A Story in Color
I’ve always been keenly interested in the look and feel of products, and right from the beginning of my career, I have made it a point to develop user interfaces that result in a delightful customer experience.
At Voiro, I primarily work on Phoenix – a project that enhances customer experience with our product to enable intuition and seamless navigation. One of the key discussions we have during our weekly meetings is an obsession about color : whether a button, text or any of the other thousands of user elements, small and big, are the right color.
Over the years, scientists have conducted extensive research on the psychology of color and its impact. Studies suggest that it takes a user 90 seconds to form a perception of a product, and 90% of that perception is made on color alone. Color also plays a key role in product retention and therefore, brand loyalty. As the online space gets impossibly crowded, choosing the right color palette – along with a good typographic hierarchy, could make all the difference.
There’s been a lot of theory and practical information for understanding what colors go together and why, but the best way I have learned as an engineer is to emulate innovative practices from other engineers.
Prior to her appointment at Yahoo, Marissa Mayer, who was then the Vice President of Search and User Experience at Google, made headlines for her ‘Forty Shades of Blue’ experiment, a detailed A/B test designed to determine which shade of blue Google should use to display their search results.
Kaari Saarinen, former Principal Designer at Airbnb, said : ‘It is key that everyone using a visual language should be able to understand the visual language, as failing to do so will cause misunderstandings.’ This makes it imperative for designers and developers to pay attention to these sensitivities, for something as simple as having a red checkout button instead of a blue or a green one could make all the difference to your company’s profitability.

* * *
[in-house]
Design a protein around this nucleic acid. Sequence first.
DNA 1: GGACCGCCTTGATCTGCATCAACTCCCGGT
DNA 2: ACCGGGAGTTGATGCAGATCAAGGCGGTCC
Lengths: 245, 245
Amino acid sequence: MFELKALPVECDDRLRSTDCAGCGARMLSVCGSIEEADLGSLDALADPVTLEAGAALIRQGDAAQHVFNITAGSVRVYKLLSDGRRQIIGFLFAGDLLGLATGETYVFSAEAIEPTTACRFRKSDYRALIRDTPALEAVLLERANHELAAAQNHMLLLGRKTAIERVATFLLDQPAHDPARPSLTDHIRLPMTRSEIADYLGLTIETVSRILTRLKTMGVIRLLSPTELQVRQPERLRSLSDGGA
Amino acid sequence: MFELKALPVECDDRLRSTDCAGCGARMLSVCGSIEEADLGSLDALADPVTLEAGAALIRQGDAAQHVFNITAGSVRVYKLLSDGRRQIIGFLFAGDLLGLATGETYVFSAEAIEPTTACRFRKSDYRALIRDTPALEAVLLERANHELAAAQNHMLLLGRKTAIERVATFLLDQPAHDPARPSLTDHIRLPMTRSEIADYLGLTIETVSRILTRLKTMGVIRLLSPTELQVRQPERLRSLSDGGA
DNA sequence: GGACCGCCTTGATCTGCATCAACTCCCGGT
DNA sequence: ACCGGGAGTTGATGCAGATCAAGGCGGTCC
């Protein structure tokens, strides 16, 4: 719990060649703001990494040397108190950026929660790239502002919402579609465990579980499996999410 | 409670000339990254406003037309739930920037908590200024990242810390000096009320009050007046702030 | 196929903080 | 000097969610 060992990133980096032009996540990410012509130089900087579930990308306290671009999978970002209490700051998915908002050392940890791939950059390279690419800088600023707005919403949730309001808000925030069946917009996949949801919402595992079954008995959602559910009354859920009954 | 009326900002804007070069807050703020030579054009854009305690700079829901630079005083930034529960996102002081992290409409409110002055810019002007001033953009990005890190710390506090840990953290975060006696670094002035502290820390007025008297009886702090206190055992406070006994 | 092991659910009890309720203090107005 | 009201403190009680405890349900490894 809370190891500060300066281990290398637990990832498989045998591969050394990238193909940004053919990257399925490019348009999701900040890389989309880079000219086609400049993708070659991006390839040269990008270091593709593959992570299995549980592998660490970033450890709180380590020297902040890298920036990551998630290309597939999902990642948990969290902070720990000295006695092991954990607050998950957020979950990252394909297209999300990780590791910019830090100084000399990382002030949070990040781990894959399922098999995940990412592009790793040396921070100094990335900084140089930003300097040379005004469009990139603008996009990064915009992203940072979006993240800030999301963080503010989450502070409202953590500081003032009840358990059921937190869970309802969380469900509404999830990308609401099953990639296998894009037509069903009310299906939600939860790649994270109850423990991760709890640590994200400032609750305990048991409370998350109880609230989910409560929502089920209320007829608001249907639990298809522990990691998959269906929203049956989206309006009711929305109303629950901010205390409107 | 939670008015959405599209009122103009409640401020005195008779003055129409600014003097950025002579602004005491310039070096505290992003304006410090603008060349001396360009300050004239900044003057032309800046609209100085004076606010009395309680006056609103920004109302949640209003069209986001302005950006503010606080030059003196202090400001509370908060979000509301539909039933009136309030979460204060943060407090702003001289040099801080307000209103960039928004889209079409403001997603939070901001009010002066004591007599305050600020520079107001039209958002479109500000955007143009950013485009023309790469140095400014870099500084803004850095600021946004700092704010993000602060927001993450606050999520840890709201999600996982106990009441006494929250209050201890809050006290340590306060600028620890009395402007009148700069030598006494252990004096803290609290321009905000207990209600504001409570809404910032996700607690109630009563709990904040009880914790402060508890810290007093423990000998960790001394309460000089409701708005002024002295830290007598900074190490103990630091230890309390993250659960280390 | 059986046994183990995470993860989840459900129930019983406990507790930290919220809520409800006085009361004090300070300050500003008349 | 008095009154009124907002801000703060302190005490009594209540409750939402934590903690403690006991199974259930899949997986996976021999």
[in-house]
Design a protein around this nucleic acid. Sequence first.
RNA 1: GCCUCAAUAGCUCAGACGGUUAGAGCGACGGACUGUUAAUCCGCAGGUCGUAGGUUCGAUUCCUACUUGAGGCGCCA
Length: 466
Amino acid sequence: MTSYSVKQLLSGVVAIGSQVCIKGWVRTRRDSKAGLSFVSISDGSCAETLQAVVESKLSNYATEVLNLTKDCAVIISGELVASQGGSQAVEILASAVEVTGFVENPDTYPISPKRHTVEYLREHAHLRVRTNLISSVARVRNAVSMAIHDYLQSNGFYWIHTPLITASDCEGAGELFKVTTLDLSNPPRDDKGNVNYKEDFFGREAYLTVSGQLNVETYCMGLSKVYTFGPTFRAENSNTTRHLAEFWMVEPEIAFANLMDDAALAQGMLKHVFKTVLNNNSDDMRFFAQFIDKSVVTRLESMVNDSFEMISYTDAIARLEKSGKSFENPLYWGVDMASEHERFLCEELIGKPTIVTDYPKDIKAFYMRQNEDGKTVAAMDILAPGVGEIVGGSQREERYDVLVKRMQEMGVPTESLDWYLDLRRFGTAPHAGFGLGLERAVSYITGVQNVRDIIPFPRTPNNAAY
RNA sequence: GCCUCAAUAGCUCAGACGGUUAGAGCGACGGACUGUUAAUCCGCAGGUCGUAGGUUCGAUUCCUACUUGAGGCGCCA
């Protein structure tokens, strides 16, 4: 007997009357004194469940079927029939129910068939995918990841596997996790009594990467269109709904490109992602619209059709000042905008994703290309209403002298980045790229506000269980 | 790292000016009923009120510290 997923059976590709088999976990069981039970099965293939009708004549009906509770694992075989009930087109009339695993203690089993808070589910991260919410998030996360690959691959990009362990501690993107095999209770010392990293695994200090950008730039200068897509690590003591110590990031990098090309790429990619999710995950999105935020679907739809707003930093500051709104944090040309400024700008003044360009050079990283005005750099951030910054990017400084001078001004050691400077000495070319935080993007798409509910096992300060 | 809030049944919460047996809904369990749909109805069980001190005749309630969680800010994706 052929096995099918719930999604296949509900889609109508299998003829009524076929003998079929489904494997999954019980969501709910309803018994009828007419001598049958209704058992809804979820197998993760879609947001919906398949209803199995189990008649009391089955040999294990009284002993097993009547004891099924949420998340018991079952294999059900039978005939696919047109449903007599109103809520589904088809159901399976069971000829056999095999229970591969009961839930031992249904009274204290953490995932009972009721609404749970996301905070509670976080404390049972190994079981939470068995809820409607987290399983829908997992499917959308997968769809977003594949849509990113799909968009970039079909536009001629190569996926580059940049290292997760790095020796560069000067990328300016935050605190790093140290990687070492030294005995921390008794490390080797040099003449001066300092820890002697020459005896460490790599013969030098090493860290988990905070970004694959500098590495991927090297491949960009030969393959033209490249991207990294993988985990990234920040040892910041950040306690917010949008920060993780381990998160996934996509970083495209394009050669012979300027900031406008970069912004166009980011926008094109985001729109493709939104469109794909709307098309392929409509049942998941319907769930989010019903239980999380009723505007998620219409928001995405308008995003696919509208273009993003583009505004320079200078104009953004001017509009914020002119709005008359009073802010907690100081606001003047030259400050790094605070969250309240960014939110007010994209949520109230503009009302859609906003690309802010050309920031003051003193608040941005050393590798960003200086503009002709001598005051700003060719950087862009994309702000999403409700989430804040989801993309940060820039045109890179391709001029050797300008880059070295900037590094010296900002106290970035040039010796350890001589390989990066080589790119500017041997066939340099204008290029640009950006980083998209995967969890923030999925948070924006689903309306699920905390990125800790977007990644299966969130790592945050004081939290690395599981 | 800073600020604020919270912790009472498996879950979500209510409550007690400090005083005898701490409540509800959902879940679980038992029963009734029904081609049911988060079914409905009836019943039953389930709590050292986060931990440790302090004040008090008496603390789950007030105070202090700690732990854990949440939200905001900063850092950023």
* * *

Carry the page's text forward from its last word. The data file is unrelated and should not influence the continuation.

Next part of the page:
The path to develop a cohesive design language that can be used across all customer products is a journey, but I’m a firm believer in kaizen, or continuous improvement. As we become acutely aware of color and how we interact with them in products that we frequently use and transferring our learning will definitely result in the creation of slick, modern, and customer friendly products.
Here are a few slides on the power of colour that I put together (from various sources) and if there was one key takeaway from this piece, it would be for my audience to be acutely aware of how color plays a key role in most of our interactions, and how every color makes us feel differently.
“Color! What a deep and mysterious language, the language of dreams.” ~Paul Gauguin ~
Tags: Brand, Colour Theory, Content, design, Design Thinking, Digitization, UI/UX
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